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Lauren's unwelcome visitors came without warning

I first started having panic attacks as an adolescent. They’d show up like unwelcome visitors, talk, prey and drain, then often go just as quickly as they came leaving only the sinking feeling that they’d be back. When I say panic attacks, I don’t mean I had moments of some heart racing. I mean I had moments when I was drowning in overwhelm and disorientation. Like treading water in the middle of the ocean on a pitch black night with no known boat or land in sight, all of my senses were impacted and there was no immediate way to get reprieve. I felt unsteady, unsure and unable to trust my perceptions. Sometimes the panic attacks only plagued me for the night. Once they stayed with me daily for an entire year.

For me, they often came on without a warning. It is a feeling like your car is stuck on the tracks about to be demolished by an oncoming train, but you rolled out in the nick of time, taking deep breaths while having gut punches of panic as it raced by your head. Only there is no train, just Tuesday, just nothing. It just happens. And when it happens enough, you can’t feel anything good, only fear, only dread, waiting for the next shock of panic to hit your exhausted body.

In the beginning, I did not want to tell others what I was experiencing, fearing that their concern or lack thereof would only exacerbate mine, validating my fears that there was something deeply wrong with me. When I was finally able and willing to start articulating what was happening, I felt like I wasn’t quite as alone while struggling for air. For me, staying in spaces where mental health can be openly discussed, continues to be a vastly important part in taking care of my own health.

While it hasn’t all been a straight shot up, I was and continue to be fortunate enough to be able to get the support and resources I have needed. Through therapy, medicine, and strategies that work for me, I have been able to stay in a much more manageable space. I cannot express enough the importance and impact of these resources. Not only did I need access to them, I needed support and encouragement to use them. I had resistance, thinking that I didn’t want to have to “rely” on those supports. I didn’t want to be perceived as weak or unable.

For me, the reprieve came after I had the realization that when someone is drowning in the middle of the ocean, they take the life raft. They don’t resist, worrying about their future ability to swim just because they need the raft in that circumstance. If you find yourself treading and fatiguing with nowhere for rest, there is no use wasting precious energy questioning your comparative strength. You are not weak, you are human, battling true, even if often invisible, elements.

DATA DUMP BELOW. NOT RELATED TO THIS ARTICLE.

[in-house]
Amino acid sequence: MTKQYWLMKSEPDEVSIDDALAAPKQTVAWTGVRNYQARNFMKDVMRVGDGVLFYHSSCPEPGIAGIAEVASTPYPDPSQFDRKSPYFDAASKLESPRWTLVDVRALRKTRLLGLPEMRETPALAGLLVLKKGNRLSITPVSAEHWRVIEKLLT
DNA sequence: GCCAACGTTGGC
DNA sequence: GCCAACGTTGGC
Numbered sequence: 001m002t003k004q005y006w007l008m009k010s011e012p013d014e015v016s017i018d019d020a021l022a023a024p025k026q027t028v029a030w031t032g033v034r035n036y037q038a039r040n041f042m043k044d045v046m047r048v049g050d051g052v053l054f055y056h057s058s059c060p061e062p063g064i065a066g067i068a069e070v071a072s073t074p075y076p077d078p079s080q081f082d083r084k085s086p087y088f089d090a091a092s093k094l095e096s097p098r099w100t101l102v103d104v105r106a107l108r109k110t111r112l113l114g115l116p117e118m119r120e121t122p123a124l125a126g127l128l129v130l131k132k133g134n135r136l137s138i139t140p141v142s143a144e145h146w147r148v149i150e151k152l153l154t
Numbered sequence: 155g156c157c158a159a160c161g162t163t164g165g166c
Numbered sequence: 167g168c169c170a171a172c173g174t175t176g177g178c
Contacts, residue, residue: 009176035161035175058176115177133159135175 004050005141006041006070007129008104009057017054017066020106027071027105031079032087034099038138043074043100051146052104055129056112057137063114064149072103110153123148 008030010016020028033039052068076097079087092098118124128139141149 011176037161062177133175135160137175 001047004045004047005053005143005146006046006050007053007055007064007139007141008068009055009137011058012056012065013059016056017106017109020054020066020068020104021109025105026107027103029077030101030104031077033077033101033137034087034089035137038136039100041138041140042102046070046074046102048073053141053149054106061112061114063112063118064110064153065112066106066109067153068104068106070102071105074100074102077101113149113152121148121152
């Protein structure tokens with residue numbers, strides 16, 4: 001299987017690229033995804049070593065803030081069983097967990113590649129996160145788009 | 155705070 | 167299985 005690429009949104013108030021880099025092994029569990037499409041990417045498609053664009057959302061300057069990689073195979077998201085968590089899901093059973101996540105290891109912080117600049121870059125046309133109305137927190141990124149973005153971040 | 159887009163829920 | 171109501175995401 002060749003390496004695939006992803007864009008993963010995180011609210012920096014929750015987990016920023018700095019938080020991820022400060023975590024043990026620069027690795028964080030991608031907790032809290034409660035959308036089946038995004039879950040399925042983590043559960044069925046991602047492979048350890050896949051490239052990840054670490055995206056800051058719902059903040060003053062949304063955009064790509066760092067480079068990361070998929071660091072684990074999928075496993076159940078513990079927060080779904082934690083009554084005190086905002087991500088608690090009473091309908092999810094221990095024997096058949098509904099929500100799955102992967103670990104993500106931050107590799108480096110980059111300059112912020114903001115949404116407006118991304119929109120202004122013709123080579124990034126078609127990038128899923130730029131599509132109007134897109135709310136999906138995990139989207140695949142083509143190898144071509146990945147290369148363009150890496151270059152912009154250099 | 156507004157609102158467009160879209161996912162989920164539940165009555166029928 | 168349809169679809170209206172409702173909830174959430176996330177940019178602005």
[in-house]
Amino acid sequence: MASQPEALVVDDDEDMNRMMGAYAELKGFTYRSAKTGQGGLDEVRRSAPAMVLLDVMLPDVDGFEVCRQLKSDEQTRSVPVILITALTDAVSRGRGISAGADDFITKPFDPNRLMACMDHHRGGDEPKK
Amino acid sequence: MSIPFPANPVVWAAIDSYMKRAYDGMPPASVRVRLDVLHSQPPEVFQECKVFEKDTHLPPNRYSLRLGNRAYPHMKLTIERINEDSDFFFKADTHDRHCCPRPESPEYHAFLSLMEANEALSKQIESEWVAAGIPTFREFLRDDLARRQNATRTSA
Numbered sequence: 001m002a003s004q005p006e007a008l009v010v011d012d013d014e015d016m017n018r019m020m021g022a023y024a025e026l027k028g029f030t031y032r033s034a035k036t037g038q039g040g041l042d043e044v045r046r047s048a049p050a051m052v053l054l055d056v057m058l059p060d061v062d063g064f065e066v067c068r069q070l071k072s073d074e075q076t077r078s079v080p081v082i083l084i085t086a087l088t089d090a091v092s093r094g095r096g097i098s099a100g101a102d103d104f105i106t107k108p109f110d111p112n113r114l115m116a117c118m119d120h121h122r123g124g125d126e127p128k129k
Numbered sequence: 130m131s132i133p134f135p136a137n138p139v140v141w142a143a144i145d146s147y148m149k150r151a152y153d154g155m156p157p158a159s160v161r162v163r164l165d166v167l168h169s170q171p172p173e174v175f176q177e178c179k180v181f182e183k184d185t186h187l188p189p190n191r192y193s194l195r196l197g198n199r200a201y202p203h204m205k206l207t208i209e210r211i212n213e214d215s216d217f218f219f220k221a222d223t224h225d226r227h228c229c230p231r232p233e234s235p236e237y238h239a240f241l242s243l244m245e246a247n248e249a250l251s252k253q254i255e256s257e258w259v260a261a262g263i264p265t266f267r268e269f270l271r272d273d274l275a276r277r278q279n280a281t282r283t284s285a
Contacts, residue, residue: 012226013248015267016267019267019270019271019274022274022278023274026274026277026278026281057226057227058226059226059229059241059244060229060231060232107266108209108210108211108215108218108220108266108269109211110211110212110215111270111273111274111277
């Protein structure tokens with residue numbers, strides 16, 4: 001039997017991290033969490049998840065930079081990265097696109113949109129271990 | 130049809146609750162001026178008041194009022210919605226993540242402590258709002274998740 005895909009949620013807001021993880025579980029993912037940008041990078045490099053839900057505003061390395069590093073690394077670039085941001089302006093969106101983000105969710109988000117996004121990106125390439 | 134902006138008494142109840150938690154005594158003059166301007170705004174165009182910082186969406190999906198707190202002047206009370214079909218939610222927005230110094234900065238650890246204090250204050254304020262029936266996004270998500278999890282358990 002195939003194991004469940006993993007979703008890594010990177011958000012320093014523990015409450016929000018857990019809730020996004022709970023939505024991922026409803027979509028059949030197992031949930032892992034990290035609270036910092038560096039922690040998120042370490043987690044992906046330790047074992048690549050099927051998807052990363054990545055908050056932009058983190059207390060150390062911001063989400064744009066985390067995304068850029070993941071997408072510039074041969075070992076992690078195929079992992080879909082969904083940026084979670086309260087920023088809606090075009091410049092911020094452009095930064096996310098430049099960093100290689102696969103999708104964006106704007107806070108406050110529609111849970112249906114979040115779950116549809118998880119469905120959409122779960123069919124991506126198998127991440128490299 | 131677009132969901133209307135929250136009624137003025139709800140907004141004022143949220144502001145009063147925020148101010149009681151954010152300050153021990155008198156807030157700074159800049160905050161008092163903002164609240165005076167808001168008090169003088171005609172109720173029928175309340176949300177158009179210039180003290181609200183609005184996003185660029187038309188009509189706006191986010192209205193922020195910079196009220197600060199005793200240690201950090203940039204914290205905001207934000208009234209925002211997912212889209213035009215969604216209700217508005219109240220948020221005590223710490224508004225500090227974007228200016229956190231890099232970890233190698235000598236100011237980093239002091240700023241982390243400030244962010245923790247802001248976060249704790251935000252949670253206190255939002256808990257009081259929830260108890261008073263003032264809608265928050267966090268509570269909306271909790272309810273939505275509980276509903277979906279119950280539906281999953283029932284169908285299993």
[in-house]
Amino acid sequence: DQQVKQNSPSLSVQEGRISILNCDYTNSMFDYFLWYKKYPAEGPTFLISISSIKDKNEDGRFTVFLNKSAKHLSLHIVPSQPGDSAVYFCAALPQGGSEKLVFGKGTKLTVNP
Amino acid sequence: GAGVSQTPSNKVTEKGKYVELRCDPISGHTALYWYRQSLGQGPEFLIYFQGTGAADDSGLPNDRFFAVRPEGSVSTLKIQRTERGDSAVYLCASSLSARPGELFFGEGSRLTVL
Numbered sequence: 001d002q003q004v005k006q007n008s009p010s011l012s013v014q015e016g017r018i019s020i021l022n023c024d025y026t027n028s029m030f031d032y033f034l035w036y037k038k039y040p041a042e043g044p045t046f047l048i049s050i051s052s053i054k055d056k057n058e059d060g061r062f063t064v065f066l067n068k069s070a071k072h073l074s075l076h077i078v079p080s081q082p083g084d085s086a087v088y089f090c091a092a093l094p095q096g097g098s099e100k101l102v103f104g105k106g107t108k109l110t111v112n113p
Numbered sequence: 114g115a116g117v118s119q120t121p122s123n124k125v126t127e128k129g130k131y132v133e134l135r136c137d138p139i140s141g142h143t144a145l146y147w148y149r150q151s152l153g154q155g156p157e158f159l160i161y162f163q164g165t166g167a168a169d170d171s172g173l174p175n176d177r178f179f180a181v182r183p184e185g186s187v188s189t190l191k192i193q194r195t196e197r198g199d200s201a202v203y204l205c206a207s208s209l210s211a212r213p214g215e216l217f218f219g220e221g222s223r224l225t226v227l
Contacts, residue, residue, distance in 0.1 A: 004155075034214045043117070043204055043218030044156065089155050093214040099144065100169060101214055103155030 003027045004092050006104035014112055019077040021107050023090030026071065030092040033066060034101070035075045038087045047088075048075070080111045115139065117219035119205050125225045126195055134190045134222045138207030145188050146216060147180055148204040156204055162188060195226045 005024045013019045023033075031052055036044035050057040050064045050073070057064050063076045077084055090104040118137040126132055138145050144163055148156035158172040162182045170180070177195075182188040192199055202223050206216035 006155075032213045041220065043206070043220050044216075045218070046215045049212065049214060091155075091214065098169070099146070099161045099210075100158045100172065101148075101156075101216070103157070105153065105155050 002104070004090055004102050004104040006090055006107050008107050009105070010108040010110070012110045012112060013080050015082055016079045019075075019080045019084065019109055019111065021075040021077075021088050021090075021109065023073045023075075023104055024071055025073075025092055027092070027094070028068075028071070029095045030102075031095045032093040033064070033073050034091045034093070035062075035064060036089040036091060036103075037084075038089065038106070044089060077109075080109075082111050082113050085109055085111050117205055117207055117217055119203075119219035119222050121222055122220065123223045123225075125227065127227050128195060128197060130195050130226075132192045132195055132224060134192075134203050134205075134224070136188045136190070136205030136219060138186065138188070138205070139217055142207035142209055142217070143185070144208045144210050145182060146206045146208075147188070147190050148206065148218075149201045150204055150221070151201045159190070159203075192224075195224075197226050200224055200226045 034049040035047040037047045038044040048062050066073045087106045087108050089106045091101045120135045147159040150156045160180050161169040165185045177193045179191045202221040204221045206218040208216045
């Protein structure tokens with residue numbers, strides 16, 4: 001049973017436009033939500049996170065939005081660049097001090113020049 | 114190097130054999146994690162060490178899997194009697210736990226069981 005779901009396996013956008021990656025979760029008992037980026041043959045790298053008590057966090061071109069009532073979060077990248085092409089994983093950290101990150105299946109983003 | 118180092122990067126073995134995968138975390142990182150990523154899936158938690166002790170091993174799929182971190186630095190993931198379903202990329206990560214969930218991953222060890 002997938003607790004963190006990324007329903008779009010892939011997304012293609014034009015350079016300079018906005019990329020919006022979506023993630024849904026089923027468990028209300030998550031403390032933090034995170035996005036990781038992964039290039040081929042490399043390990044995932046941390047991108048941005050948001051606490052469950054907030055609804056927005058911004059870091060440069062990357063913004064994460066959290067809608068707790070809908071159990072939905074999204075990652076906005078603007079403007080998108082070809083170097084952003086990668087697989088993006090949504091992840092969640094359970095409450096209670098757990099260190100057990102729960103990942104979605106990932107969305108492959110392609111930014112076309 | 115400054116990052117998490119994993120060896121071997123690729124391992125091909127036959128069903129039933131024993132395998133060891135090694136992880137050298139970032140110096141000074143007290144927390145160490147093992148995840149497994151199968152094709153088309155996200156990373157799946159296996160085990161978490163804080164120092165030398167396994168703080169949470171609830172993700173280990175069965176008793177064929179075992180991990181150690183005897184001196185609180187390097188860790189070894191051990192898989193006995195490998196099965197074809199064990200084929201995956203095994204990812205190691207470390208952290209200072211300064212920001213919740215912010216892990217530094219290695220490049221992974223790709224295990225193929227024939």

For me, my mental health continues to be something I have to be incredibly intentional about. I do not avoid the ocean of life. I want to soak up every piece of beauty that it has to offer. First though, I had to get to the solid ground, rest and learn new strategies (and repeat this as needed, which has been more times than I can count). Now I have an understanding of how to be mindful of the tides, the undertow, the conditions which require more awareness from me in regards to my personal capacity and my surroundings. Sometimes I can just swim, other times I need to make sure I know where my lifeguards and flotation devices are.

I am not ashamed I have had these experiences. They have helped me connect to others in a way not previously possible. If you don’t struggle with mental health issues, I am truly glad for you and I hope you never do. I also hope you are willing to believe that there are others in a fight for their life even when you can’t see it. With hindsight only made possible by the journey I have had, I can now say experiencing agony of mental health struggles and being privileged enough to live more days on the other side, has given me the perspective that some of the absolute best days only came on the other side of a chasm, a rest of a life I wasn’t sure I was going to make it to. If you do struggle, I already feel more connected to you.

Don’t stay quiet.

Signal for help.

Take the life raft.

Let’s get you to shore.

We need you.

Lauren Teuschler

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